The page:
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Going wireless: new approach makes breast surgeries easier on patients

Kim Brown has undergone two procedures at Providence Breast Centre at Mount Saint Joseph to remove cancerous lesions. One used wires to mark the tumour while a more recent surgery involved the use of a tiny magnetic seed. That approach was far superior, she says.

Finding a potentially cancerous lump in your breast is traumatic, with both patient and doctor keen to remove it quickly.

But current practices can make the process uncomfortable and stressful.  

Now, a procedure using Canadian technology that is in use at Providence Breast Centre at Mount Saint Joseph Hospital  is improving the experience for both patients and surgeons. The hospital, the first in BC to use this particular technology involving a magnetic seed (other technologies use radioactive ones), performs about 1200 breast-cancer surgeries each year. That’s more than any other hospital in the province.

Dr. Amy Bazzarelli, surgeon at Providence Breast Centre, Mount Saint Joseph Hospital.

Usually, radiologists mark the location of a tumour to be removed by inserting a long metal wire (or wires) into it, says Dr. Amy Bazzarelli, a surgical oncologist at the centre. The patient must then wait at the hospital for surgery, sometimes for hours, while the other pre-operative steps take place. Meanwhile, the wire protrudes from her breast.

But thanks to the technology, funded by St. Paul’s Foundation donors like Doug and Teri Loughran, radiologists can insert a tiny, 3.2-millimetre magnetic “seed,” or marker (about the size of a sesame seed) into the tumour so it can be removed with greater accuracy.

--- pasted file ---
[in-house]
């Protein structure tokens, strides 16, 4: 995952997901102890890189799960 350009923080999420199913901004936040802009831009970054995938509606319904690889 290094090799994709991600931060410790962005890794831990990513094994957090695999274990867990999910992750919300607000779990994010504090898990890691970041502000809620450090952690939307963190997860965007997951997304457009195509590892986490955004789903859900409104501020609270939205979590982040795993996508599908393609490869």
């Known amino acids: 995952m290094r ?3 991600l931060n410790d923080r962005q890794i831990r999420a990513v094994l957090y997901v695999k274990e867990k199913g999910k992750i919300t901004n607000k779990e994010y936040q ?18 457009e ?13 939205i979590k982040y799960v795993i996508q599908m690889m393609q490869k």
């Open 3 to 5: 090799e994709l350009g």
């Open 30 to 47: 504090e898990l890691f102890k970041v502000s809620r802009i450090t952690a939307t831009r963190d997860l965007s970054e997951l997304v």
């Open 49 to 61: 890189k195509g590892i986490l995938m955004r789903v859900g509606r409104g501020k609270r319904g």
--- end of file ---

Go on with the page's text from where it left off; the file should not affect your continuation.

The magnetic seed inserted to mark a tumour is tiny – the size of a sesame seed.

Device adds precision and efficiency, reduces discomfort

After insertion, the patient goes home and returns to normal life until her surgery day.

“She doesn’t have to wait around for the perioperative part as long. It’s a big improvement,” says Dr. Bazzarelli.

When it’s time to excise the lump, the surgeon rolls a magnetic wand over the breast to locate the seed inside it. A digital tablet connected to the wand emits audio and visual cues for greater precision. As the wand moves closer to the seed, a sound on the tablet gets louder. The tablet indicates the distance from seed to wand.

The wand also detects the seed in the tumour after it’s removed, to confirm it is out of the patient’s breast.

Dr. Bazzarelli demonstrates how the wand is rolled over the breast to locate the seed in a tumour. The screen emits audio and visual clues as the wand closes in on the seed’s location.

The seed device has added precision and efficiency to the process of breast surgeries while reducing the discomfort, says Dr. Bazzarelli.

The breast-marker technology was developed by a Toronto company, MOLLI Surgical, that is a spinoff from Sunnybrook Health Sciences Centre.

“Traumatizing to see (wires) sticking out of your breast”

Breast-cancer patient Kim Brown is well placed to compare both techniques of tumour removal, one with the wire and one with the breast seed. 

She has undergone two breast-cancer surgeries at Mount Saint Joseph. The first was in 2005. Almost two decades later, though, the cancer returned. She had her second surgery last year.

The first time, she required the wires. “I did not like them at all. They’re painful. When you’re waiting, it’s traumatizing to see them sticking out of each side of your breast.”

Kim Brown’s second lumpectomy at MSJ was performed using the breast-seed device.

The second time, the seed was implanted two days before surgery. Brown says it was a vast improvement.

“I didn’t freak out”

“It was painless. I didn’t freak out, whereas you can physically feel the wire. And my recovery time was a lot quicker with the seed. The pain threshold is lower.”

Dr. Bazzarelli says feedback gleaned from questionnaires has been positive for both practitioners and patients.

“This also solves a “flow” problem within surgery,” she says, a term referring to providing patient care smoothly and efficiently so they don’t have to spend too much time in the hospital. “It’s one less step.”

“We hope this becomes our standard of treatment in future.”

Story by Ann Gibbon, Providence Health Care